Museum Building to Gain a Second Floor;
First-Floor Restroom Will Also Be Added
The Society plans to add a second floor to the historic former church building for storage, archives, and work space and to install a first-floor handicapped-accessible restroom to conform to the requirements of the Americans With Disabilities Act. The remodeling is also expected to increase the space available for displaying more of the Society's collection of artifacts from Burlington and the surrounding area. It is not known at this time how long the project will take and when the Museum will re-open to the public.
Top photo shows boxes of artifacts ready for storage as other items remain to be prepared for storage. Bottom photo shows portion of same general area before artifacts were packed for storage; it also shows the overcrowded conditions that the remodeling is intended to correct.
The building, which the Society acquired in 1964, opened as a museum in 1965. It was originally built in 1883 as the Holy Cross Lutheran church. When the congregation grew too large for the building, it moved in 1940 to the church building on the corner of Jefferson and Kane Streets, which now houses the Church of the Nazarene. What is now the Museum building then became Luther Hall; a kitchen and basement were added; and the building was used for Sunday school and church and recreation activities.
After the Cross Lutheran congregation moved to its new church building on Chapel Terrace in 1963, Mrs. Antoinette Meinhardt Fulton, the Society's first president, bought the Luther Hall building and donated it to the Society. Volunteers spent countless hours refurbishing the interior to turn it into a museum. The Park Department and the Wisconsin Electric Company furnished men and trucks to move artifacts and display cases into the building.
The Historical Society, which will be celebrating its 80th anniversary in 2008, is seeking financial donations from individuals, businesses, and groups to help defray the cost of the remodeling. Donations to the Society, which is organized under the provisions of section 501(c)(3) of the Internal Revenue Code, are tax-deductible. Checks can be made payable to the Burlington Historical Society, and mailed to the Society at 232 N. Perkins Boulevard, Burlington, WI 53105.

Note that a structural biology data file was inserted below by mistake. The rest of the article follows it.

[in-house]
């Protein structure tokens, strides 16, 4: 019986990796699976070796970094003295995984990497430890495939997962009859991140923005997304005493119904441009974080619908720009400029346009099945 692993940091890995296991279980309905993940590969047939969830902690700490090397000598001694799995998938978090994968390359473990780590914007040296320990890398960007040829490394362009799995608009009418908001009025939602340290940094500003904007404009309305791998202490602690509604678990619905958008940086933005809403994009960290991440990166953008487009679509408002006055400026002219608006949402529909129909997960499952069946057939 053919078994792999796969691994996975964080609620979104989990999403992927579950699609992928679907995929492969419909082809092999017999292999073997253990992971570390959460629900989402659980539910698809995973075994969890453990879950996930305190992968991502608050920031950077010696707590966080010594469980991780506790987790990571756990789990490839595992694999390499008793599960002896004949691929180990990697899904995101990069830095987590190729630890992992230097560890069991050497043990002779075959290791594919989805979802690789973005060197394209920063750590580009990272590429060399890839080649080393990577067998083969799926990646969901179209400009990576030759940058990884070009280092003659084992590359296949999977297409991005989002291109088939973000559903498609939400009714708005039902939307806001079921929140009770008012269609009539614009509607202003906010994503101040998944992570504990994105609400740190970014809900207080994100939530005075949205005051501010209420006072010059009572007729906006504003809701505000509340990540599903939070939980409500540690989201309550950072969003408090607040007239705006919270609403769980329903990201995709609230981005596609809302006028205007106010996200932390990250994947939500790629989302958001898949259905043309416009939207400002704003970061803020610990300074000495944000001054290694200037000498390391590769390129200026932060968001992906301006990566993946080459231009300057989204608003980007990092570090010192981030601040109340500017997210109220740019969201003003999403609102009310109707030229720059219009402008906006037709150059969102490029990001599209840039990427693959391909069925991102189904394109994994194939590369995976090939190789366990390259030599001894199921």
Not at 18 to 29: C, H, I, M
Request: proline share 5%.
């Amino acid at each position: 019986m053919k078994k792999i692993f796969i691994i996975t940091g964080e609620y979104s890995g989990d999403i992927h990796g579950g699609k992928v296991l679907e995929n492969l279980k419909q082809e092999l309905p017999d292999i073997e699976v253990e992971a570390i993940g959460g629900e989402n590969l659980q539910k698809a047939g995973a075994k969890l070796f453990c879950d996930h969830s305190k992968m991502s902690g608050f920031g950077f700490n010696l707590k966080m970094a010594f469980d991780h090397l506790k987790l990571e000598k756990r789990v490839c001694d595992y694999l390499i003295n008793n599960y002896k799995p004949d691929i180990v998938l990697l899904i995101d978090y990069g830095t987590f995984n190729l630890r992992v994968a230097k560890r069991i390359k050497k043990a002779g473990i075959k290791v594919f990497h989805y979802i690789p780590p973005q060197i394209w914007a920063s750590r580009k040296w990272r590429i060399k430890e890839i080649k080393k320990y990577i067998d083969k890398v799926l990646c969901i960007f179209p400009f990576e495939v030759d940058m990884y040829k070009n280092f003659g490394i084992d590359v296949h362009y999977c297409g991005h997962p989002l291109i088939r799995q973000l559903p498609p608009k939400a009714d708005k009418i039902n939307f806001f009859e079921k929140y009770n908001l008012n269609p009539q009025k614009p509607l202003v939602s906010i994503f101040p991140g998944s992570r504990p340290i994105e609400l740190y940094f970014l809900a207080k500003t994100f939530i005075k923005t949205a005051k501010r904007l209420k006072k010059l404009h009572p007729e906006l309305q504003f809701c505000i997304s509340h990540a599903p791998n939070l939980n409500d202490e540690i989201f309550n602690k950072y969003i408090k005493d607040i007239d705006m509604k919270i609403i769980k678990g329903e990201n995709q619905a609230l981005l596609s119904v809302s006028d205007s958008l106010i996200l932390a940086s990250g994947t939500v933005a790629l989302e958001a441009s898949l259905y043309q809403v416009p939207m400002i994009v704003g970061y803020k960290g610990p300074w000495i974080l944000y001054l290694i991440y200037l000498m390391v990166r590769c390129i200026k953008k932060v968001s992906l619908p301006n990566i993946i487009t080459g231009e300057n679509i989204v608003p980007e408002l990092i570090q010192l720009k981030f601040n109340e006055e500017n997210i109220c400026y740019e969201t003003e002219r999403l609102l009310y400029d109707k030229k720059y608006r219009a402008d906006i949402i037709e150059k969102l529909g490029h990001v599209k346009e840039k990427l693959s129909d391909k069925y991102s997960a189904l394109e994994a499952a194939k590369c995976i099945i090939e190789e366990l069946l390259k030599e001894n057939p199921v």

The seasons move along very fast and we find ourselves at the end of another eventful year for our Society. The renovation of our Museum building sits atop the list of activities for the coming year. There remain many hours of planning and decisions ahead for us, but the progress to date has been exciting and very rewarding.
This time of the year gives us a chance to look back at and appreciate the blessings we all have, but also gives us a chance to plan ahead for the next chapter. Happy holidays to all members of our Society and may the New Year that is approaching be one of the best for all.
Dr. McDonald explained how he and Ms. Jackson decided to write the book; how they traced Glover's path from Missouri, through Wisconsin, to Canada on the Underground Railroad; and Glover's life in Canada after his escape from slavery until the time of his death. Dr. McDonald fielded questions from the audience and held a book signing session afterwards.
Top photo shows Dr. Walter T. McDonald at the Society's annual meeting discussing the Joshua Glover book he co-authored. Bottom photo shows Dr. McDonald signing a book for Rhonda Sullivan as others, including her son (left) and Roger and Joy Bieneman (facing camera) look on.
College and Community Volunteers Giving Mount Hope Cemetery a Facelift
One of the Burlington area's oldest burial grounds started to get a facelift on Saturday, November 3, 2007, when faculty members and students of Wisconsin Lutheran College, of Milwaukee, in cooperation with the Burlington Historical Society and other community volunteers, began the clean-up and mapping of graves in Mount Hope Cemetery, which is located about 3 miles northwest of Burlington.
The 77-square-yard cemetery, on top of a hill a short distance north of Spring Prairie Road, is about a half mile west of County Trunk DD. The cemetery contains over 20 known graves.
The cemetery plot is part of the 160-acre quarter section that Charles Dyer, the father of Burlington's Dr. Edward Galusha Dyer, bought from the federal government in 1839. In August 1841 Charles and his wife, Mary Galusha Dyer, deeded the quarter section to another of their sons, William, in consideration of the "love, affection, and good will they have and owe to their son." William sold the south half of the quarter section, containing 80 acres (which included the cemetery portion), to his brother, Norman, in July 1847.
In February 1851 Norman and his wife, Mary, for $25, sold the cemetery plot and an 11-yard-wide by 286-yard-long access corridor to the Trustees of the Mount Hope Cemetery Association – Silas Patten, John Bell, and Rufus Billings. According to a cemetery list prepared for the Burlington Historical Society in 1961, the plot had been used as a burial ground as early as January 1846, when 1-year, 9-month-old Mary Pool was interred there. By the time the Trustees acquired the plot, at least five additional people had been buried there, including 29-year-old William Dyer, who had previously owned the land, and his sister, 25-year-old Mary Dyer Bunnell. The others were 38-year-old Mrs. Rhoda Craker, 7-month-old Francellia Patten, and 43-year-old Isaac West.